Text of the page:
New York: People with severe obesity who undergo bariatric surgery are likely to experience improvement in pain, physical function and walking ability, says a study.
The findings revealed that about 50-70 percent of adults experienced clinically significant improvements in perceived bodily pain and physical function and in objectively measured walking capacity.
The study's "large geographically diverse sample, inclusion of multiple validated measures of pain and physical function, longitudinal design, and follow-up through 3 years make it one of the most informative studies of pain and function following RYGB and LAGB to date," said Wendy C. King from the University of Pittsburgh in the US.
Severe obesity and excess weight can lead to joint damage and pain, resulting in limitations in walking and restricted other physical activities
The study, published in the journal JAMA, analysed 2,458 participants and was conducted at 10 hospitals. Of the participants, 79 percent were women with the median age 47 years and 2,221 completed baseline and follow-up assessments.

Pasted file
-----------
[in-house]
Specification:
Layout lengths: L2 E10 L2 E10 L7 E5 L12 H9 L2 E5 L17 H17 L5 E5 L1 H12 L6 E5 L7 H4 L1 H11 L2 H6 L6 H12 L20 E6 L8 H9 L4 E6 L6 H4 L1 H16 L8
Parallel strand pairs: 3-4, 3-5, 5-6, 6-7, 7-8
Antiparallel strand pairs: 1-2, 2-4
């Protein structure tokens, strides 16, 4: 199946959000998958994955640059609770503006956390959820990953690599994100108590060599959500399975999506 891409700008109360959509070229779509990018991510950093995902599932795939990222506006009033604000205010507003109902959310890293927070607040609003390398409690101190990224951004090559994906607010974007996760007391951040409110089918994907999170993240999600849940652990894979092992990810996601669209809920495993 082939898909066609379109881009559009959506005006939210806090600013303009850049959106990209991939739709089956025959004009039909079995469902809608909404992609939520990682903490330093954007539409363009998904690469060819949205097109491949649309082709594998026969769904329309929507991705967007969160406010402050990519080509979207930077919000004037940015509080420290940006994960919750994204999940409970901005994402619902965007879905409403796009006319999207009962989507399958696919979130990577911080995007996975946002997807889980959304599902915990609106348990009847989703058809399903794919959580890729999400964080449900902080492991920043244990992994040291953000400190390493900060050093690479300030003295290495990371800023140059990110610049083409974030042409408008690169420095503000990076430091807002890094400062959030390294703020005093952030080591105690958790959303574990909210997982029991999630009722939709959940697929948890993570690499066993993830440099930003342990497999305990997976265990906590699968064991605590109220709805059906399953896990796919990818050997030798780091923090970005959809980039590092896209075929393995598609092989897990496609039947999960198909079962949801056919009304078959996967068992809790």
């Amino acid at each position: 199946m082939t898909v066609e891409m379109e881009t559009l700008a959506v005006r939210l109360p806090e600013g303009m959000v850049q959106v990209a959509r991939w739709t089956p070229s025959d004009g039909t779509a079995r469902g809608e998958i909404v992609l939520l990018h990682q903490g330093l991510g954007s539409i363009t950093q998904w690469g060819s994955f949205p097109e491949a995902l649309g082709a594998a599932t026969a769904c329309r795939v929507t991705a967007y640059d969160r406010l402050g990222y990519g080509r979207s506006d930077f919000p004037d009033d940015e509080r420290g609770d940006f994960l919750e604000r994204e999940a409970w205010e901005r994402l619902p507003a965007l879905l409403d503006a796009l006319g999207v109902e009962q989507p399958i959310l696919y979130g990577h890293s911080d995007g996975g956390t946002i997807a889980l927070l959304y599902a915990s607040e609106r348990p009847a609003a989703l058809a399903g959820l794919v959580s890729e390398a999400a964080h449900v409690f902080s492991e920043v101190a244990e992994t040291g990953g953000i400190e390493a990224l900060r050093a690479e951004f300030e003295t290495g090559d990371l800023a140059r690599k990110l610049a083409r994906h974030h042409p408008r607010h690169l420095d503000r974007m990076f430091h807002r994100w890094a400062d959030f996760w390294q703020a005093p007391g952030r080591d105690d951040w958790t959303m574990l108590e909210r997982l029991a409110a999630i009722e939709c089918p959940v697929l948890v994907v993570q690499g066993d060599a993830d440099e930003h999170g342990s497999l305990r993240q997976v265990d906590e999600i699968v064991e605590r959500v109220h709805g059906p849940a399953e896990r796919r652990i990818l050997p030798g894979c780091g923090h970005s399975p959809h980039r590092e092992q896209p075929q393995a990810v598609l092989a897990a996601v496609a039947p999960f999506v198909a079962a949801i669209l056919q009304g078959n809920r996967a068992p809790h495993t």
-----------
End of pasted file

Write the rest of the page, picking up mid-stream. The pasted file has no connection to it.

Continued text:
The assessments were conducted prior to surgery and annually thereafter.
Bariatric surgery is effective at achieving and maintaining weight loss, although the variability and durability of improvements in pain and physical function are not well described.
The team examined changes in pain and physical function in the first three years following bariatric surgery and factors associated with improvement, among adults with severe obesity.
Pre-surgery-to-post-surgery reductions in weight and depressive symptoms were associated with improvements in multiple outcomes.
About three-fourth of participants with severe knee and hip pain or disability at baseline experienced improvements in osteoarthritis symptoms.